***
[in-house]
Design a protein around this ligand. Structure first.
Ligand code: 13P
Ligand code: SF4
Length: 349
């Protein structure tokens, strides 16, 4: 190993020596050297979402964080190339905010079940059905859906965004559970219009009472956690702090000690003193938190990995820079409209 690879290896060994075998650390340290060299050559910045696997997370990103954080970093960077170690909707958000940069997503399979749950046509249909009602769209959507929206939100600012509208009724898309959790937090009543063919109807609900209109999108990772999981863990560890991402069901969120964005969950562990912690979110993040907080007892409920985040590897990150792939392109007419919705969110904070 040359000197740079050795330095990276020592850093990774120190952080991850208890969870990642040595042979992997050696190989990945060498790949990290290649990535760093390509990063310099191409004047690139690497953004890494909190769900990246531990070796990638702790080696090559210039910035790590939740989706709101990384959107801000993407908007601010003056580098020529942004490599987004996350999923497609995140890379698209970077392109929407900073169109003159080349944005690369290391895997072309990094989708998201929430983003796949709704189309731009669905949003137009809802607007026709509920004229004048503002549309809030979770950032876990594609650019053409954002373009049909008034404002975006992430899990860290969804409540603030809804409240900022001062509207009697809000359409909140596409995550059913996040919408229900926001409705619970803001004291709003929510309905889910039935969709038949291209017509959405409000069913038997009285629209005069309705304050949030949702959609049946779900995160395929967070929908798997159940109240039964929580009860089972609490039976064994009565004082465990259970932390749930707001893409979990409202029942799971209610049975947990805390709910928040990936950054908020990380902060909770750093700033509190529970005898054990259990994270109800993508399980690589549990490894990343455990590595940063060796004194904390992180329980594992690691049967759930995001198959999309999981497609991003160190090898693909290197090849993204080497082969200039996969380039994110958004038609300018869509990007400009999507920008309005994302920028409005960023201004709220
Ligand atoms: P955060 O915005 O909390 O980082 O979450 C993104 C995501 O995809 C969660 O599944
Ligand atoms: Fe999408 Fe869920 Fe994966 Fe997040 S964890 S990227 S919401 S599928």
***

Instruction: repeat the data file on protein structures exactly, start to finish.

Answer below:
[in-house]
Design a protein around this ligand. Structure first.
Ligand code: 13P
Ligand code: SF4
Length: 349
């Protein structure tokens, strides 16, 4: 190993020596050297979402964080190339905010079940059905859906965004559970219009009472956690702090000690003193938190990995820079409209 690879290896060994075998650390340290060299050559910045696997997370990103954080970093960077170690909707958000940069997503399979749950046509249909009602769209959507929206939100600012509208009724898309959790937090009543063919109807609900209109999108990772999981863990560890991402069901969120964005969950562990912690979110993040907080007892409920985040590897990150792939392109007419919705969110904070 040359000197740079050795330095990276020592850093990774120190952080991850208890969870990642040595042979992997050696190989990945060498790949990290290649990535760093390509990063310099191409004047690139690497953004890494909190769900990246531990070796990638702790080696090559210039910035790590939740989706709101990384959107801000993407908007601010003056580098020529942004490599987004996350999923497609995140890379698209970077392109929407900073169109003159080349944005690369290391895997072309990094989708998201929430983003796949709704189309731009669905949003137009809802607007026709509920004229004048503002549309809030979770950032876990594609650019053409954002373009049909008034404002975006992430899990860290969804409540603030809804409240900022001062509207009697809000359409909140596409995550059913996040919408229900926001409705619970803001004291709003929510309905889910039935969709038949291209017509959405409000069913038997009285629209005069309705304050949030949702959609049946779900995160395929967070929908798997159940109240039964929580009860089972609490039976064994009565004082465990259970932390749930707001893409979990409202029942799971209610049975947990805390709910928040990936950054908020990380902060909770750093700033509190529970005898054990259990994270109800993508399980690589549990490894990343455990590595940063060796004194904390992180329980594992690691049967759930995001198959999309999981497609991003160190090898693909290197090849993204080497082969200039996969380039994110958004038609300018869509990007400009999507920008309005994302920028409005960023201004709220
Ligand atoms: P955060 O915005 O909390 O980082 O979450 C993104 C995501 O995809 C969660 O599944
Ligand atoms: Fe999408 Fe869920 Fe994966 Fe997040 S964890 S990227 S919401 S599928």